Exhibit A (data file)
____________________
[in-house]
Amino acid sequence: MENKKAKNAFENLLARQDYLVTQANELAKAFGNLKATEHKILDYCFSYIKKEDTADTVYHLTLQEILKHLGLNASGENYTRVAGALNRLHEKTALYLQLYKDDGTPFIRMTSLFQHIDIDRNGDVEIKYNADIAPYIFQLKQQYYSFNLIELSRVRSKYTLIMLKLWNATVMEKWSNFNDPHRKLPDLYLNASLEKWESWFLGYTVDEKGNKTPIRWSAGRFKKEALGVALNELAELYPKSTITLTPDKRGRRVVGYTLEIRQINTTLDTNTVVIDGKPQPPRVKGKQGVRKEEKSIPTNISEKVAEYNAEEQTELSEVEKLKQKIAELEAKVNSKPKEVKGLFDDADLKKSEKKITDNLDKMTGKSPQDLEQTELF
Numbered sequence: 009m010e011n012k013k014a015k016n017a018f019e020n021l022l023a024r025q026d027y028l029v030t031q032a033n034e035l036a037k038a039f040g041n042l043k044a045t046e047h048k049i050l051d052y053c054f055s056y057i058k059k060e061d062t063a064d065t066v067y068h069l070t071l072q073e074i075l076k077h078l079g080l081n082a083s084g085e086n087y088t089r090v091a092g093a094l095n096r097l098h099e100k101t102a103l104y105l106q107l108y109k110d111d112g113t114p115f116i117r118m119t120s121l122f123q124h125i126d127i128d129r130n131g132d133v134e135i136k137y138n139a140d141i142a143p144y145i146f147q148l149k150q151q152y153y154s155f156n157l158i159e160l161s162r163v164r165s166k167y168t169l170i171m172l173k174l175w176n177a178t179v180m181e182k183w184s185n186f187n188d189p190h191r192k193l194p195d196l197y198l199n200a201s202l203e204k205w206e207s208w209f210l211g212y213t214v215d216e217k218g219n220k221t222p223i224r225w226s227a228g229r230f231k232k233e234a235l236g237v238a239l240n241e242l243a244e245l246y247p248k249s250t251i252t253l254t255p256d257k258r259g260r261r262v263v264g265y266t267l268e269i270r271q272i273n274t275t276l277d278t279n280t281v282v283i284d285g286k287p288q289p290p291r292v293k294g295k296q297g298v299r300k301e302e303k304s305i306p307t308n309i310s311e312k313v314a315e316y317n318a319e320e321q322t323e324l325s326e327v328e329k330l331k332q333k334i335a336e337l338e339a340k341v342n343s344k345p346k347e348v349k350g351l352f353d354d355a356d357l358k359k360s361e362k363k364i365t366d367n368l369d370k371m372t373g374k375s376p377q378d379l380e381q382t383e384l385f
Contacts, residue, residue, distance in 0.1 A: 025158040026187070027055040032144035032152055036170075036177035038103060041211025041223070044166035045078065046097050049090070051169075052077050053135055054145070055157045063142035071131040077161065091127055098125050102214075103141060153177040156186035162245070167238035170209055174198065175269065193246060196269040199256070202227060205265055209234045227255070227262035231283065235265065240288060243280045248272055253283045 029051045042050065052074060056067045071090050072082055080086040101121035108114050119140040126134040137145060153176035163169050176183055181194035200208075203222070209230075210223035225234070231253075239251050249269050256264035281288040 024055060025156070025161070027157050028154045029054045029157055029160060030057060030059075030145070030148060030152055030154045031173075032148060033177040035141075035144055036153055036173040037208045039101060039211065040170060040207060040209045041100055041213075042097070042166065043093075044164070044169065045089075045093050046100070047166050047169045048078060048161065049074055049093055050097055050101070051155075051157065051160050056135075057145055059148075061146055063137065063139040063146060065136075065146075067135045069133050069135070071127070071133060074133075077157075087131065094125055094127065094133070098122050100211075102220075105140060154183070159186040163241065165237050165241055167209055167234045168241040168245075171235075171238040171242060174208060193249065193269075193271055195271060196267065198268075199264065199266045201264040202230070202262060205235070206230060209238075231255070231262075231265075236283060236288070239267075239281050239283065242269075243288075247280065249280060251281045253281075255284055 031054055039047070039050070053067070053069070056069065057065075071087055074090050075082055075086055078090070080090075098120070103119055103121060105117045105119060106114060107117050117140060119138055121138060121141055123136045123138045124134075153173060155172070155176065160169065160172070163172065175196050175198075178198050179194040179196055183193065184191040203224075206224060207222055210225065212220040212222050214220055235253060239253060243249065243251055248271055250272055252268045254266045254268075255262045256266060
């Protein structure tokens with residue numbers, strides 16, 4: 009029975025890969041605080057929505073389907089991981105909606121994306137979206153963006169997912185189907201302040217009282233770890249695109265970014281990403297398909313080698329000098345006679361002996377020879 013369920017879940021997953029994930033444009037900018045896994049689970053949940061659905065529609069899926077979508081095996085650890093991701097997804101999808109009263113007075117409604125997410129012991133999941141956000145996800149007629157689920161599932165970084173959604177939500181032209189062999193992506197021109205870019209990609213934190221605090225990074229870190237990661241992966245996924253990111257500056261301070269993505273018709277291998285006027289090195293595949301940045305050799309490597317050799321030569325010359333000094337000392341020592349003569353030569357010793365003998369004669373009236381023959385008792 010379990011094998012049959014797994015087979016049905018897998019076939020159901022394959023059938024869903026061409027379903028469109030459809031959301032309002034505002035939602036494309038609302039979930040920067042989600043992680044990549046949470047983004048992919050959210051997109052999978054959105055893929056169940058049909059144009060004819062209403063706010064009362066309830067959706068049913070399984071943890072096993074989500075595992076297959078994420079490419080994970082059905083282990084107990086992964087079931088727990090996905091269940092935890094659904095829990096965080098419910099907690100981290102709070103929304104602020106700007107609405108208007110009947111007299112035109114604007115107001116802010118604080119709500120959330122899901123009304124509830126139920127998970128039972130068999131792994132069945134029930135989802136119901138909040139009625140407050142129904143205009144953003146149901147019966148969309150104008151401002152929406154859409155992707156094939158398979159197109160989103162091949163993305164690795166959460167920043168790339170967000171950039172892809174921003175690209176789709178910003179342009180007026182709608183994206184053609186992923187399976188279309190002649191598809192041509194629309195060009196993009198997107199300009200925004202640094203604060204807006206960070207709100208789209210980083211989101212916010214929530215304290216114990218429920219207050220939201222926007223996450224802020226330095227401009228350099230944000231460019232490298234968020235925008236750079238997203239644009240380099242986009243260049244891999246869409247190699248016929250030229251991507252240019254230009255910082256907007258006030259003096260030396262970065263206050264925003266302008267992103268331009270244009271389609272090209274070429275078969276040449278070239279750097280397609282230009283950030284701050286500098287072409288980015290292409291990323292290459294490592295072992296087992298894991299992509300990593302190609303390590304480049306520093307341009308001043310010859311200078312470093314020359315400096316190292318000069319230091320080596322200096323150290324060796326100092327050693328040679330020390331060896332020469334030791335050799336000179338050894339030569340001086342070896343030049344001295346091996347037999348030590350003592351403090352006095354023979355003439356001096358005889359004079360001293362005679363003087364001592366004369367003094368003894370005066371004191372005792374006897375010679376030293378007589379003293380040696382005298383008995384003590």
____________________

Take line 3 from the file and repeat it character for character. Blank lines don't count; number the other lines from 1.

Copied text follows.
Numbered sequence: 009m010e011n012k013k014a015k016n017a018f019e020n021l022l023a024r025q026d027y028l029v030t031q032a033n034e035l036a037k038a039f040g041n042l043k044a045t046e047h048k049i050l051d052y053c054f055s056y057i058k059k060e061d062t063a064d065t066v067y068h069l070t071l072q073e074i075l076k077h078l079g080l081n082a083s084g085e086n087y088t089r090v091a092g093a094l095n096r097l098h099e100k101t102a103l104y105l106q107l108y109k110d111d112g113t114p115f116i117r118m119t120s121l122f123q124h125i126d127i128d129r130n131g132d133v134e135i136k137y138n139a140d141i142a143p144y145i146f147q148l149k150q151q152y153y154s155f156n157l158i159e160l161s162r163v164r165s166k167y168t169l170i171m172l173k174l175w176n177a178t179v180m181e182k183w184s185n186f187n188d189p190h191r192k193l194p195d196l197y198l199n200a201s202l203e204k205w206e207s208w209f210l211g212y213t214v215d216e217k218g219n220k221t222p223i224r225w226s227a228g229r230f231k232k233e234a235l236g237v238a239l240n241e242l243a244e245l246y247p248k249s250t251i252t253l254t255p256d257k258r259g260r261r262v263v264g265y266t267l268e269i270r271q272i273n274t275t276l277d278t279n280t281v282v283i284d285g286k287p288q289p290p291r292v293k294g295k296q297g298v299r300k301e302e303k304s305i306p307t308n309i310s311e312k313v314a315e316y317n318a319e320e321q322t323e324l325s326e327v328e329k330l331k332q333k334i335a336e337l338e339a340k341v342n343s344k345p346k347e348v349k350g351l352f353d354d355a356d357l358k359k360s361e362k363k364i365t366d367n368l369d370k371m372t373g374k375s376p377q378d379l380e381q382t383e384l385f